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    Over the space of the week we were in the block we had tested our limits and often stepped outside or our comfort zones. I cannot remember a more rewarding hunting trip. The block is breathtakingly beautiful and shows our great country at it's dramatic and raw best. From the massive rumbling of ice breaking off the glacier at night to the serene silence of the still days. I loved it all and will be back in that country as soon as time and money allow.
    jakewire, Wildman, Tahr and 28 others like this.
    Experience. What you get just after you needed it.

  2. #2
    Member Ryan_Songhurst's Avatar
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    Good stuff mate, I'm glad you guys came up trumps, looks like you had some bloody good weather to boot! Shame that cham only had one horn cos he would have been a bloody cracker with two! nice height and girth on him and a nice clean curl shape.
    Did you see many in the scrubby patch just to the left of the glacier in your first pic?

  3. #3
    Caretaker jakewire's Avatar
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    Bloody Good.
    Quis custodiet ipsos custodes?

  4. #4
    Member Shearer's Avatar
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    No. They were almost all up HIGH. We saw a total of 3 animals in the scrub. All the rest were on the skyline or above the bluffs. We were watching 10 different bulls on the last evening. Bloody brilliant.
    Experience. What you get just after you needed it.

  5. #5
    Member Pengy's Avatar
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    I look forward to hearing more in the morning. Great report @Shearer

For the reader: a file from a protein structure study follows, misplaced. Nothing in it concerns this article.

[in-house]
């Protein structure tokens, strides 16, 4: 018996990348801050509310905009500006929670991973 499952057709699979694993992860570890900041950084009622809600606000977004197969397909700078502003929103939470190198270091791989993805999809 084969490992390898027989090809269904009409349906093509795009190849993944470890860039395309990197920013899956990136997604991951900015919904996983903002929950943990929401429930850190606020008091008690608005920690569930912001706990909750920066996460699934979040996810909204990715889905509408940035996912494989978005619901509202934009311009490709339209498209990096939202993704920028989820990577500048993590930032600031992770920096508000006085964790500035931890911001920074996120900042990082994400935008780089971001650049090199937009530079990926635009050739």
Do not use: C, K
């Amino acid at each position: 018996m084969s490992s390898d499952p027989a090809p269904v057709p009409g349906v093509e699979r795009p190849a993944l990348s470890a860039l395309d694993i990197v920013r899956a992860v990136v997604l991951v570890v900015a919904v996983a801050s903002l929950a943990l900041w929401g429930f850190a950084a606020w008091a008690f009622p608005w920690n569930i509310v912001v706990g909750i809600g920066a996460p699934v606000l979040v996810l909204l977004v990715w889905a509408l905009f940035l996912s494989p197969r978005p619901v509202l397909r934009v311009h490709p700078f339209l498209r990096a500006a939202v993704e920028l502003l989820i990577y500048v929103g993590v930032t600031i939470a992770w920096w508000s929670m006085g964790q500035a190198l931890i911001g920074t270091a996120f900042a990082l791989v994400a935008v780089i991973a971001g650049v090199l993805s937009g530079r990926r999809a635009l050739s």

Forgotmaboltagain+1

  6. #6
    Member ROKTOY's Avatar
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    Nice result on an awesome sounding trip.
    Cheers.

  7. #7
    Member Boaraxa's Avatar
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    Good pic,s , thanks for posting.

  8. #8
    Member Shearer's Avatar
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    Quote Originally Posted by Boaraxa View Post
    Good pic,s , thanks for posting.
    Thanks @Boaraxa. I was hoping to get a nice posing shot with the bull but unfortunately that was never going to happen with the position he was in.
    Experience. What you get just after you needed it.

  9. #9
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    Great post. thanks for sharing

  10. #10
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    That was an excellent first trip into some beauty looking country, shame the chamois was only a one horner but still a trophy, the tahr he looks pretty damn good well done.

  11. #11
    Member Shearer's Avatar
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    Quote Originally Posted by Ryan_Songhurst View Post
    Good stuff mate, I'm glad you guys came up trumps, looks like you had some bloody good weather to boot! Shame that cham only had one horn cos he would have been a bloody cracker with two! nice height and girth on him and a nice clean curl shape.
    Did you see many in the scrubby patch just to the left of the glacier in your first pic?
    @Ryan_Songhurst. I watched @sambnz You Tube clip again and saw that one of the chamois in that had one horn - the same one missing. Could it be???
    Experience. What you get just after you needed it.

  12. #12
    Almost literate. veitnamcam's Avatar
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    Great stuff cheers for posting.
    Rule 3: Load a firearm only when ready to fire

    Chicken Intolerant.

  13. #13
    Member Shearer's Avatar
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    No problem @veitnamcam. Can't wait for your fiordland report.
    Experience. What you get just after you needed it.

  14. #14
    Almost literate. veitnamcam's Avatar
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    Quote Originally Posted by Shearer View Post
    No problem @veitnamcam. Can't wait for your fiordland report.
    Il see what i can knock up.
    gadgetman, Pengy and Shearer like this.
    Rule 3: Load a firearm only when ready to fire

    Chicken Intolerant.

  15. #15
    Member Ryan_Songhurst's Avatar
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    Could be mate, he looks half decent on the video too...